The other day, I figured that I can use my old gadget toy to shoot photos as shooting from a real 1000 mm telephoto lens. Well not quite the same, but close enough.
A decent 1000 mm telephoto lens, you know the look: strong & thick tripod + super fat & long coned tube. It easily costs at above $10K.
My gadget toy is just an entry level astronomy telescope. I bought it years ago during the Christmas, $200 something, thought it's a good deal. This good deal has been collecting dust since right after the purchase...
Months ago, My inside geek pushed me to hook my DSLR to it and see what I can get. I did just that, shot some interesting long distance objects such as sunsets (so stunning beautiful by the way). I'm pleased with the results and like to share my methods.
Lots tricks on how to shoot long distance objects, but the single most important one is how to get a sharp focus.
Let me explain it in more details here:
(1) What is long distance object (or far way object)? Super big sun/moon, a landscape detail (such as a building's window) 2+ kilometers away, a soccer player's face while the person on the other side of the field, a wild animal chasing another one, they all sure count as long distance objects.
(2) Attach camera body (without any camera lens) to a telescope (cheap) or telephoto lens (expensive). The whole set is quite heavy and you need a sturdy tripod. I'm lucky to have a one which came with that $200 gadget package. The connector/adaptor which connects the camera body and telescope is called "extension tube T-Ring" , priced at around $10-15 on Amazon. This connection setup is also called "prime focus" method. Basically, it's named because the camera is body only without any lens attached, but still has a focus called "prime focus" (The camera body has internal optics which can be seen as an abstract lens, my understanding）. My Canon's prime focus is 22 mm. The whole setup has about 45X magnifying power (1000 mm / 22 mm----> object lens focus length divided by eyepiece lens focus length, some basic optics...).
(3) The expensive telephoto lens can give you very cool auto zooming focus features, but I'm talking about manual focus for cheap telescope-camera setup. So, just put our camera in manual mode like below:
(4) Aim at the long distance object, usually 2-3 Kilometers away. In my experience, 2 to 3 kilometers are still good for "sharp" focus. If it's further, the atmosphere condition kicks in (e.g. the thickness of the haze, hot/cool flow effects, air layer density differences), you won't get sharp focus no matter what. Once you point to the object, manually adjust the focus to an acceptable image. It's called "coarse tuning", "flat tuning" or just round-1 tuning if you prefer.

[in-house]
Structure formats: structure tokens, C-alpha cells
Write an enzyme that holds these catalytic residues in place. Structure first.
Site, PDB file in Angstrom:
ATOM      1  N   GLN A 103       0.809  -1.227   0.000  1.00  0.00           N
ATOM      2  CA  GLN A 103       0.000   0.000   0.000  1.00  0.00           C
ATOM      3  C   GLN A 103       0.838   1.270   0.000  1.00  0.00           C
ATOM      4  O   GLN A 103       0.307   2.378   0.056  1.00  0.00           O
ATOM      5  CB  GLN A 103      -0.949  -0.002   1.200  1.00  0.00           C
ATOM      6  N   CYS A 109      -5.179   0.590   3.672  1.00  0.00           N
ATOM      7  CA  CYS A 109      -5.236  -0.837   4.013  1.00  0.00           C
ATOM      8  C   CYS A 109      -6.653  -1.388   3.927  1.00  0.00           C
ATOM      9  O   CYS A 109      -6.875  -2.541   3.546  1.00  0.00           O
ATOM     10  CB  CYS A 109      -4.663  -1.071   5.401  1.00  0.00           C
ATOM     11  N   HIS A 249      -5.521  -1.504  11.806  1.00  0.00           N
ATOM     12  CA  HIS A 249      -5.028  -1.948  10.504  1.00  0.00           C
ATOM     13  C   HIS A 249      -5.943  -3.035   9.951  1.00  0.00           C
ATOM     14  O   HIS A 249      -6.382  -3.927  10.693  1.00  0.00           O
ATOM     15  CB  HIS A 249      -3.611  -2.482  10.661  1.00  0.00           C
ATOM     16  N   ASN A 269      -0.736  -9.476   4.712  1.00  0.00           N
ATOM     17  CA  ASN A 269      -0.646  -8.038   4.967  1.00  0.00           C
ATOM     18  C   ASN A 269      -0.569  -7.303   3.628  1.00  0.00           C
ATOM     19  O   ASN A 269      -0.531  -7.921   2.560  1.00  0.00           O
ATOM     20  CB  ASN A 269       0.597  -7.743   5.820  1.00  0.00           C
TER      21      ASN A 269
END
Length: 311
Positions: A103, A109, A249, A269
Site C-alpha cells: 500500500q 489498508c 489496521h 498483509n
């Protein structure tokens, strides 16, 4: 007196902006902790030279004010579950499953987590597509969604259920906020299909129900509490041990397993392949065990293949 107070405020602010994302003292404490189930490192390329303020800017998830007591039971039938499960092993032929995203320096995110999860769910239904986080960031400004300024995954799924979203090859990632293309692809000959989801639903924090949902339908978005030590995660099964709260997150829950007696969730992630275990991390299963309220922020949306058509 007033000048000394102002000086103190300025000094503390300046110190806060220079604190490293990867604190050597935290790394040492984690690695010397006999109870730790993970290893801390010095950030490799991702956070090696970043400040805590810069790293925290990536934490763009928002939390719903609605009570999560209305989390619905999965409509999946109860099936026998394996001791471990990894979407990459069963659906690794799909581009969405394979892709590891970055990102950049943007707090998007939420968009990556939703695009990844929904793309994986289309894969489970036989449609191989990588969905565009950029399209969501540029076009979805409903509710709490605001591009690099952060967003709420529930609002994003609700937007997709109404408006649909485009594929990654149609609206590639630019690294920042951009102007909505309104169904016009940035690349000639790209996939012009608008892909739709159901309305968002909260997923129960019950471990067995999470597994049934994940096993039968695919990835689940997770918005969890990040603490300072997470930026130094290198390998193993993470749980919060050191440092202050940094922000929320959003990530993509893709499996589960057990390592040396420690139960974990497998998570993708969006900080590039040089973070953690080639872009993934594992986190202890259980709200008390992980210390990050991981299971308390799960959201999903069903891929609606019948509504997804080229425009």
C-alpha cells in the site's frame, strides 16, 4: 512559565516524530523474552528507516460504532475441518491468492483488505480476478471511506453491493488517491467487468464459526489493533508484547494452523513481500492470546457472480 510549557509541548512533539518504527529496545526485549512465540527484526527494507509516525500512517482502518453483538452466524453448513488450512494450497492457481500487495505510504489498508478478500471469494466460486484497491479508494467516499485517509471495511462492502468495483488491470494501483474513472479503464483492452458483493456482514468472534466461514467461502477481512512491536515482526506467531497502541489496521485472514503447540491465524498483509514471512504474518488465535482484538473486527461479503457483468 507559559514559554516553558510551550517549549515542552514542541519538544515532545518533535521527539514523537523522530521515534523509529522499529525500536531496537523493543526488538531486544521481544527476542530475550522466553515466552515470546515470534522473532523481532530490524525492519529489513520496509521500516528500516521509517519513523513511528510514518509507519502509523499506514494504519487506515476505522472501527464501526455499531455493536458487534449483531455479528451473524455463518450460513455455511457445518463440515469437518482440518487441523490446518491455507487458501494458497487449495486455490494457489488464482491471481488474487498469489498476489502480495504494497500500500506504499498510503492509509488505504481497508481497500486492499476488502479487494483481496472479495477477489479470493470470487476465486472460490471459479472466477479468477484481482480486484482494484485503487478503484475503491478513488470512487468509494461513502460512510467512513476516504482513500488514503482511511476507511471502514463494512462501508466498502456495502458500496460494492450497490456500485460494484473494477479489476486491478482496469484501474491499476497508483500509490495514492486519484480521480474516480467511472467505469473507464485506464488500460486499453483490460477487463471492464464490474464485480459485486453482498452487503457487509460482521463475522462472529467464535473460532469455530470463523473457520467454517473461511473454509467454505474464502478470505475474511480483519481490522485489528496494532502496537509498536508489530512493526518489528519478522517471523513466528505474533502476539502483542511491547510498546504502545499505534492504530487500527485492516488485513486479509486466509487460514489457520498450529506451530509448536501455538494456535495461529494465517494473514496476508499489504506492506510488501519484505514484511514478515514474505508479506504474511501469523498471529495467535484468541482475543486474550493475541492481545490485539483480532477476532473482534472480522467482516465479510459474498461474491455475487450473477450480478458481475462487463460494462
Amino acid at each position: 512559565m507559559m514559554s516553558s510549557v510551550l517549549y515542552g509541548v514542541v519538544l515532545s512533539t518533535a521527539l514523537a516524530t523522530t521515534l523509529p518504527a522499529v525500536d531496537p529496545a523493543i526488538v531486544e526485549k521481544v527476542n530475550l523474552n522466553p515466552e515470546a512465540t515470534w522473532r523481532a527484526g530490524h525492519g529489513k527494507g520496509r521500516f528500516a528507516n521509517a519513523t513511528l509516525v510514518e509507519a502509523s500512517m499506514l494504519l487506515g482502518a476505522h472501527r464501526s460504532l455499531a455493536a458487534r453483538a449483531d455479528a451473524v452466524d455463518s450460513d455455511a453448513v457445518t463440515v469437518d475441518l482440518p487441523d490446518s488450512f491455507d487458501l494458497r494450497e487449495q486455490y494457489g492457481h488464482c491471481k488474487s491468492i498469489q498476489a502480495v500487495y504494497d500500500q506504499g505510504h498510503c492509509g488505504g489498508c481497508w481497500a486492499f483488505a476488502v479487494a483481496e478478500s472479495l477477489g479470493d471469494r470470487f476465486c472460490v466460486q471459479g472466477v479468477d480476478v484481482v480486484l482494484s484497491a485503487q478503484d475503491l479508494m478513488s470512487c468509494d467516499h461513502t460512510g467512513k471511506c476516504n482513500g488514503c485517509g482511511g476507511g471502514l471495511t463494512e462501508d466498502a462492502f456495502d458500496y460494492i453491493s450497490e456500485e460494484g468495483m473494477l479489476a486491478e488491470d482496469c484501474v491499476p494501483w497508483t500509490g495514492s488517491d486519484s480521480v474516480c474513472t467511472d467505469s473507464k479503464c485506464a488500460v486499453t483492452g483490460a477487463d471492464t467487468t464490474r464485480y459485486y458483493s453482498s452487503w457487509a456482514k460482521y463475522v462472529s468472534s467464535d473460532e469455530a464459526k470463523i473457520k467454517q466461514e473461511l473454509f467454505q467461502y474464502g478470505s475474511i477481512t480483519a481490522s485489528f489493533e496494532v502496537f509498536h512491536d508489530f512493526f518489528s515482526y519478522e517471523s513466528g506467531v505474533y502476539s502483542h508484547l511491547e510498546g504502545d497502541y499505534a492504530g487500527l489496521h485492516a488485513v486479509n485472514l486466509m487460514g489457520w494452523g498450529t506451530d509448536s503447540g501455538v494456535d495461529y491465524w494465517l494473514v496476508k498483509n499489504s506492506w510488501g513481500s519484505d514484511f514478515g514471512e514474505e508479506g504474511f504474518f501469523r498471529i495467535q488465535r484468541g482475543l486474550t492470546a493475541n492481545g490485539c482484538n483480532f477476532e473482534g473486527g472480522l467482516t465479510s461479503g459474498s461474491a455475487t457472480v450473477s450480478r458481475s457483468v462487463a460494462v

(5) After the "coarse tuning", push the electronic zooming to "X10" or "10X". This means to make the viewfinder's view 10 times bigger than usual. This doesn't change the real optical zooming at all.
(6) In the 10 X "bigger" viewfinder view, It's very likely that you lose the previously pinpointed object in viewfinder. To find it again in viewfinder, you need to click the cursor arrows. Not tripod, not camera, but camera viewfinder cursor arrows. Usually these buttons are like below:
See red marked buttons? they might not appear as arrows because the camera uses the same physical button for different functions. In cursor moving function, they just mean up, down, left, right. If it's really hard for you to locate the target object in 10X view, do 5X view first, similar process, but easier to find the target, then go 10X.
(7) patiently press those cursor buttons until you see the detailed object again in the viewfinder. Once you see it, it's much bigger (10 times bigger) and blurred. Now it's time to do your "fine tuning" under this 10X mode (by very slightly turning the telescope knob in my case). The goal is to satisfy yourself with maximum details you can get. In this example, I targeted the red flash light (although it looks more like a bottle of juice).
Once you have 10X focusing satisfied, you can click the zoom button again back to normal composing view. Now your photo should be "sharp focused", at least that's the best result your camera hardware and air condition can offer at that moment.
This is what I got as an example (3+ kilometers away) ：
(1) This method uses landscape/building object as the example. But it can still apply to normal lens and other shooting objects. I have tried this method to shoot milky way (by focusing on either long distance light tower or even Mars or Jupiter first).
Sunrise and Sunset are a little bit special. It turns out that as long as you have clear focus on any far away objects (similar size in viewfinder as the sun is), then you get clear shots. See my previously posted sunrise shot here.
(2) NOTE: don't directly point your tube/lens to the sun after the sunrise or before the sunset. It will damage your eyes badly. Please don't!